Truncating the Hamiltonian in AA and GRWA can be understood in an alternative way by discarding the remote off-diagonal elements of the Hamiltonian matrix on certain basis grwa (); adiabatic (). Here we reformulate the AA and the GRWA based on this idea.

Choosing the basis with , Eq. (1) can be rewritten as

(15)

with and . Discarding the remote off-diagonal elements leads to a block-diagonal matrix

(16)

By diagonalizing Eq. (16), one finds the eigen solution

(17)
(18)

which matches well with Eq. (7) obtained under the AA.

Irish et al. further used the eigenstates in Eq. (18) as basis to expand the Hamiltonian (1), which reads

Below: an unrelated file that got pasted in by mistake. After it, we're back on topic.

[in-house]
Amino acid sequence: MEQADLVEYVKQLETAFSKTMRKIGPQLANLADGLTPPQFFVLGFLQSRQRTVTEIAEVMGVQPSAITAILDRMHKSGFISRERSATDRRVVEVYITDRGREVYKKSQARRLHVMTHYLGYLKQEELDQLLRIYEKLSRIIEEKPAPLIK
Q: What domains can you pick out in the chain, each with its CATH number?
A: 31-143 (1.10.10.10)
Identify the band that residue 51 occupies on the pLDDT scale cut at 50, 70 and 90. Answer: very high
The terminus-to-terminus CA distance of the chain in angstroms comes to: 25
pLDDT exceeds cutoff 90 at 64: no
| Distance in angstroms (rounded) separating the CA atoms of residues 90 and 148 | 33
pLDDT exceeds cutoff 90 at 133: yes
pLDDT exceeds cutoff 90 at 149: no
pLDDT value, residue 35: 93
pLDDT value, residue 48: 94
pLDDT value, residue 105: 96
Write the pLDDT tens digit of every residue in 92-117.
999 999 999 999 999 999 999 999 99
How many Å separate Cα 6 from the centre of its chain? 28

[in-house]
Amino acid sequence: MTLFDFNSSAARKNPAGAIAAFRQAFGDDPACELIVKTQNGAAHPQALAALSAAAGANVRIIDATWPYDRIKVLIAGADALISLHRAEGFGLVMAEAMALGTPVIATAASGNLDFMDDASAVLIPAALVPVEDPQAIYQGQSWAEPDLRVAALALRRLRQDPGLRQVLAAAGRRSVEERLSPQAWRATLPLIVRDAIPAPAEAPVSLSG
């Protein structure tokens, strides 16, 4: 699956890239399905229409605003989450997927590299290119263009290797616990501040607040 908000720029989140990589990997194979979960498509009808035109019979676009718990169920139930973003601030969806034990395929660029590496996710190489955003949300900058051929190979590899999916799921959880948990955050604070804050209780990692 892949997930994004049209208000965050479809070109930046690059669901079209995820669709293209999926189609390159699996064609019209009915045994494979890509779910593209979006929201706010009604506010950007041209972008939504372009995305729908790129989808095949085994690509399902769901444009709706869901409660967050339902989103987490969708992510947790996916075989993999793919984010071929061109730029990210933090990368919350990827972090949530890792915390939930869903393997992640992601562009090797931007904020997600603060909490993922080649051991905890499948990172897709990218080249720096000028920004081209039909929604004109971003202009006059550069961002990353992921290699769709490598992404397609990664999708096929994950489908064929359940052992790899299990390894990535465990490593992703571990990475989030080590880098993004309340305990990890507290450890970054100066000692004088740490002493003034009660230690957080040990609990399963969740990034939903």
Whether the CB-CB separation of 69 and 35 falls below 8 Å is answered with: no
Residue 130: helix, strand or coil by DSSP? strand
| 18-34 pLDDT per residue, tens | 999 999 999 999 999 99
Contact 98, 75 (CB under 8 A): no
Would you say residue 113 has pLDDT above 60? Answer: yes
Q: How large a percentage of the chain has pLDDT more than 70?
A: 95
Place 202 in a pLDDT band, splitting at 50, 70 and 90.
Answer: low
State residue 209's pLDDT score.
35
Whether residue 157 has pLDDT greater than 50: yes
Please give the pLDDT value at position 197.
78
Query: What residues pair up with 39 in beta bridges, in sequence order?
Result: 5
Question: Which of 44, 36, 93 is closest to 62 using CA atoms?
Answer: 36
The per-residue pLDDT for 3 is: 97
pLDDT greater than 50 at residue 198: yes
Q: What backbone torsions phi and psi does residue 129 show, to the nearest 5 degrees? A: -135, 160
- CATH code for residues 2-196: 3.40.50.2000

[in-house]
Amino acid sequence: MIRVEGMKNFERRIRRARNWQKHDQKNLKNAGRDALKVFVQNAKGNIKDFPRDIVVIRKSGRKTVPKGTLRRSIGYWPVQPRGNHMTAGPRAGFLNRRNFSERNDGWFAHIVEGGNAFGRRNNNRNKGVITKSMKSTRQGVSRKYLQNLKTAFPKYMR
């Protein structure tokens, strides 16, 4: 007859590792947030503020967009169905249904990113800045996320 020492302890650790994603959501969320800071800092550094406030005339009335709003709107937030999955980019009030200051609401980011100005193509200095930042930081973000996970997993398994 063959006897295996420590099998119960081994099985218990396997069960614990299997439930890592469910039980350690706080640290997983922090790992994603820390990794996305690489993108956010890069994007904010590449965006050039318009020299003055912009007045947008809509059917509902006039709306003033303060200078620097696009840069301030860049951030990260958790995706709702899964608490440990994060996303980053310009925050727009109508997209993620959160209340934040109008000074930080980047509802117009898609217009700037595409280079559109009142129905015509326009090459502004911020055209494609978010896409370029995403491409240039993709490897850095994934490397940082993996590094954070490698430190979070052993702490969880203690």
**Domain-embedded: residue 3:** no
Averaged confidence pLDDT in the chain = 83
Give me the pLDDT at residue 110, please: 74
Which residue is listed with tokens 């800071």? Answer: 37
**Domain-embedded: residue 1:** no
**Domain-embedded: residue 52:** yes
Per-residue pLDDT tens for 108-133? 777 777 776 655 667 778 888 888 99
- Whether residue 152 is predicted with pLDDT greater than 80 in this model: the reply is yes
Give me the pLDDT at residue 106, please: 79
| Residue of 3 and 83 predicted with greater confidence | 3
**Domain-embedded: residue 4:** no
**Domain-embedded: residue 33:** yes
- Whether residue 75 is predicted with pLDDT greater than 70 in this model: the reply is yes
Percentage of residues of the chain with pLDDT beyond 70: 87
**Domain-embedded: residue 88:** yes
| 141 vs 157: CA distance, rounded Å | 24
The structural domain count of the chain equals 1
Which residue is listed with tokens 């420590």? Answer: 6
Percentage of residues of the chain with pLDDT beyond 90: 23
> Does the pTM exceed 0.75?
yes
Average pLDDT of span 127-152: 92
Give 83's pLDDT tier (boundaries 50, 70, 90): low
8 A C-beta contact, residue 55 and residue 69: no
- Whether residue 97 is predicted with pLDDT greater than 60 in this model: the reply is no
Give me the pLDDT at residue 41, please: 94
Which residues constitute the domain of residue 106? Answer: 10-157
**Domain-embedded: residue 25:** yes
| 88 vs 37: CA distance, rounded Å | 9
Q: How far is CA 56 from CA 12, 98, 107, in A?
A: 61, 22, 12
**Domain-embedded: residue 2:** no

(19)

with . Then dropping the remote off-diagonal matrix elements gives rise to

(20)

Based on this form, the energy spectra and the eigenstates can be readily solved, which are consistent with those obtained under the GRWA, i.e., Eq. (11).

Iii Mean photon-number dependent variational method

iii.1 Method description and improvements for the ground state

From the above analysis on the previous approximations, we can see that truncating the Hamiltonian matrix into block-diagonalized form in a completed orthogonal basis is equivalent to truncating the Hamiltonian operator expansions. The better a basis is chosen, the more information an approximation obtains. Moreover, a proper basis can even be considered as an approximate state. First, let us focus on the ground state. For the existing approximate methods, the ground state takes the following form

(21)